He works on a range of public policy issues including federalism, higher education, innovation and R&D trends and policies, regional development and program evaluation. He also gives short courses on public policy and public sector management to public sector officers.
He has advised and conducted research and consultancy projects for numerous international, Australian, state and local agencies. He has appeared numerous times on radio and TV as a guest commentator on Australian politics, been interviewed for articles in several national newspapers, and written opinion pieces for The Australian Financial Review, The Conversation, and WA Business News.
Helen Hodgson joined the Department of Taxation in Curtin Law School in 2014. She has lectured in taxation since 1989 at universities in Perth and Sydney. She was also a Member of the Legislative Council in Western Australia between 1997 and 2001.
Helen has a particular interest in Tax Policy, and was a participant at the 2010 Tax Forum. Her current areas of research are the tax-transfer system and superannuation policy. Her PhD examined the Family Benefit system and in 2010, Helen was a co-author of the Women’s Voices Report commissioned by the Equality Rights Alliance to examine factors influencing women’s work-force participation, including superannuation, tax and transfer issues.
Helen is a member of the Tax Advisory Panel of ACOSS, the Women in Social and Economic Research group and a member of the Social Policy Committee of the National Foundation for Australian Women. In the latter capacity she has contributed to the current round of tax and superannuation reform debate, including submissions to Treasury, Senate Committees and the Tax White Paper process. She gave evidence to the Senate Economics References Committee Inquiry into Women’s Security in Retirement and is cited extensively in the report handed down in April: “A Husband is Not a Retirement Plan”.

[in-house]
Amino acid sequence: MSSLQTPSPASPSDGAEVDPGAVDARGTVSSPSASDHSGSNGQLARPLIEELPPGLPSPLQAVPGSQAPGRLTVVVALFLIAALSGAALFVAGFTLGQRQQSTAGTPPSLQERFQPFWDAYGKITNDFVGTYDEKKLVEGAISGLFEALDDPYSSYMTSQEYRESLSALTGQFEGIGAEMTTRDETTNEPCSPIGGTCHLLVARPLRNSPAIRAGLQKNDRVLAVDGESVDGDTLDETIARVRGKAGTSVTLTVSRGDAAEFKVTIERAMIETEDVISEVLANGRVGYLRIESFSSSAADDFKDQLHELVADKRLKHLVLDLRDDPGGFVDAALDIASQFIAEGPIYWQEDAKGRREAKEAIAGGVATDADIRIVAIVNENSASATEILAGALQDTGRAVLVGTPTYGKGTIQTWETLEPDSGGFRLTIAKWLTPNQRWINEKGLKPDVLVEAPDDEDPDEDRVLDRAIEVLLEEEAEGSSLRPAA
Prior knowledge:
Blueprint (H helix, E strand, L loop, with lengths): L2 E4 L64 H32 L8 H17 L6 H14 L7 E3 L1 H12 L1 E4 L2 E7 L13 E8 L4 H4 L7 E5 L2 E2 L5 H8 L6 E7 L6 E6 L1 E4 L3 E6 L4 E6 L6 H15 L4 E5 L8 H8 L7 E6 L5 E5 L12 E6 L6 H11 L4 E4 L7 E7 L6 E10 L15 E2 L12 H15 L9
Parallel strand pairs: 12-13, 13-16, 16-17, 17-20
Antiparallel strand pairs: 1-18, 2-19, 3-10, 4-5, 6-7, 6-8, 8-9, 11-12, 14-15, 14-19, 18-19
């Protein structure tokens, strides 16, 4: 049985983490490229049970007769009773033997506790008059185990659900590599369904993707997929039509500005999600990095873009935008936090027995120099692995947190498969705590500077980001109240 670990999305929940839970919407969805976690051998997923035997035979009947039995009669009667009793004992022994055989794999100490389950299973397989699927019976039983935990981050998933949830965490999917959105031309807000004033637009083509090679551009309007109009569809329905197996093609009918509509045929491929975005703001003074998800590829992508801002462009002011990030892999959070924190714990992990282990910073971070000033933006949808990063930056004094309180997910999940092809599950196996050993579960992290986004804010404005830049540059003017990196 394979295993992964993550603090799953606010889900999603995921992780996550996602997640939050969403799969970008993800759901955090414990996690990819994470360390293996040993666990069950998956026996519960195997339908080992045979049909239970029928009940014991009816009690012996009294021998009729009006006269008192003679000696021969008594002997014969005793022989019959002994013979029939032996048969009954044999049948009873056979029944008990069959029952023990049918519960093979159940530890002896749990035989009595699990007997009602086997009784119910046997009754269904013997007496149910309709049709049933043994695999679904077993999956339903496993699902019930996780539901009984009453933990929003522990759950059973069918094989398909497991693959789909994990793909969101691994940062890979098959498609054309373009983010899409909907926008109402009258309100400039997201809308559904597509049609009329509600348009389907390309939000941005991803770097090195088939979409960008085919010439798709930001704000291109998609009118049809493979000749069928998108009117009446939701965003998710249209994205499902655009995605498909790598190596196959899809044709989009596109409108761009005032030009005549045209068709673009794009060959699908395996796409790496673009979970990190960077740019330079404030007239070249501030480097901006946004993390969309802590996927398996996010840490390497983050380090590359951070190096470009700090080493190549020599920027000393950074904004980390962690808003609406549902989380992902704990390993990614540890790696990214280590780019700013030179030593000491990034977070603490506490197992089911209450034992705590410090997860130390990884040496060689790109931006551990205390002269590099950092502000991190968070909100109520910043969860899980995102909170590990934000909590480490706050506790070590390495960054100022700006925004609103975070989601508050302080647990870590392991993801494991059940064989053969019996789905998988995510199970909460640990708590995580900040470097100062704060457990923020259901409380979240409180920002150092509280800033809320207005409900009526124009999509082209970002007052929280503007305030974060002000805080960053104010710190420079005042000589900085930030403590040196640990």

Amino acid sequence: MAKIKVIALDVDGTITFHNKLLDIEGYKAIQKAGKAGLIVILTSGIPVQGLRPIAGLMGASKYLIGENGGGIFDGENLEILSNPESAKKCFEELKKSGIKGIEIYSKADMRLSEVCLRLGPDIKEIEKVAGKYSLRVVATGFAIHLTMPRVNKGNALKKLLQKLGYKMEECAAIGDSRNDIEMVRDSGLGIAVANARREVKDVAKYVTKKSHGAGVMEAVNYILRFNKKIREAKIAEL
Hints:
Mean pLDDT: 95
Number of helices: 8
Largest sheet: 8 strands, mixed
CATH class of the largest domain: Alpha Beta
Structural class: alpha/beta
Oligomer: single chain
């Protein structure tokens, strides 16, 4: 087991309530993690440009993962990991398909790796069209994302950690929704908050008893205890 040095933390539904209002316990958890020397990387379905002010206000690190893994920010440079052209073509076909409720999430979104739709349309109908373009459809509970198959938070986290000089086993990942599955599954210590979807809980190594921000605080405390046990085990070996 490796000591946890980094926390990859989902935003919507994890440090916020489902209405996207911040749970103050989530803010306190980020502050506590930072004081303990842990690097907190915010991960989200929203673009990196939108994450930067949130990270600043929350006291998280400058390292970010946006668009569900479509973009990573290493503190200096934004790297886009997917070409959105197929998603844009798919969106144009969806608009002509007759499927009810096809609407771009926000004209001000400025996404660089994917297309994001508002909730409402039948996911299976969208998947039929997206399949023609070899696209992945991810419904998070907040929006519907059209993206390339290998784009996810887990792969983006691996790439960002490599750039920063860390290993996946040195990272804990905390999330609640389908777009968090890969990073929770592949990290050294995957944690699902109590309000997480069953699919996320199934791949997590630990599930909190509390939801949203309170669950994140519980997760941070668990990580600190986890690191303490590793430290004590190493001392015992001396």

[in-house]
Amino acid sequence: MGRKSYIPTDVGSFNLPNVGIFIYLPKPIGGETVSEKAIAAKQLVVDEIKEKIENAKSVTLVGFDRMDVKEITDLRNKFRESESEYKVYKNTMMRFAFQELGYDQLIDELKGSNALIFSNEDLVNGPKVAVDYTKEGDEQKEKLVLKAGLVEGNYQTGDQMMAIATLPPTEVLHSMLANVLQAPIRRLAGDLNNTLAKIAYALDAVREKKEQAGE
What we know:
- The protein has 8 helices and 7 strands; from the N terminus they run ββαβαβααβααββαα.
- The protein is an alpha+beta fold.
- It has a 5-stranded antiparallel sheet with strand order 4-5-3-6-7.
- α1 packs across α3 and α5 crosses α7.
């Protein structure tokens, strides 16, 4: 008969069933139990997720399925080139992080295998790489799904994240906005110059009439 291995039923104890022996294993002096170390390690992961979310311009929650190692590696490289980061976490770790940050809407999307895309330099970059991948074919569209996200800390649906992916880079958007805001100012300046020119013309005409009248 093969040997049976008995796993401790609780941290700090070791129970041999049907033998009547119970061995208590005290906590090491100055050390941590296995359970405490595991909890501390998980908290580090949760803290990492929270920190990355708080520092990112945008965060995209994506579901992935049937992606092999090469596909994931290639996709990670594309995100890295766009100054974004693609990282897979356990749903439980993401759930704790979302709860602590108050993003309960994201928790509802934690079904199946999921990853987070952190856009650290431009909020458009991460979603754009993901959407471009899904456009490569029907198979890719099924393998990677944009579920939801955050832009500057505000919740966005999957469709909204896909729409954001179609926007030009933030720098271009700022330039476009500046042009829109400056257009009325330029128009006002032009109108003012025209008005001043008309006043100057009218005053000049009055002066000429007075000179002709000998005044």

Her research addresses a range of housing policy issues, including the role of housing assets in supporting welfare throughout the life course, inter-generational housing concerns, the dynamics of housing affordability, and housing pathways in the 21st century, and the links between housing and the economy.
She also has long-standing expertise in the evaluation of housing tax-transfer reforms. Rachel has led and conducted numerous projects that are funded by the Australian Housing and Urban Research Institute, Australian Research Council, and policy and industry organisations including the Commonwealth Treasury and WA Department of Housing.
She has also been appointed to several research expert panels including the Commonwealth Treasury’s Housing Research Panel and AusAID’s Research Advisory Panel. She is currently a member of the Steering Committee for the Asia Pacific Network for Housing Research.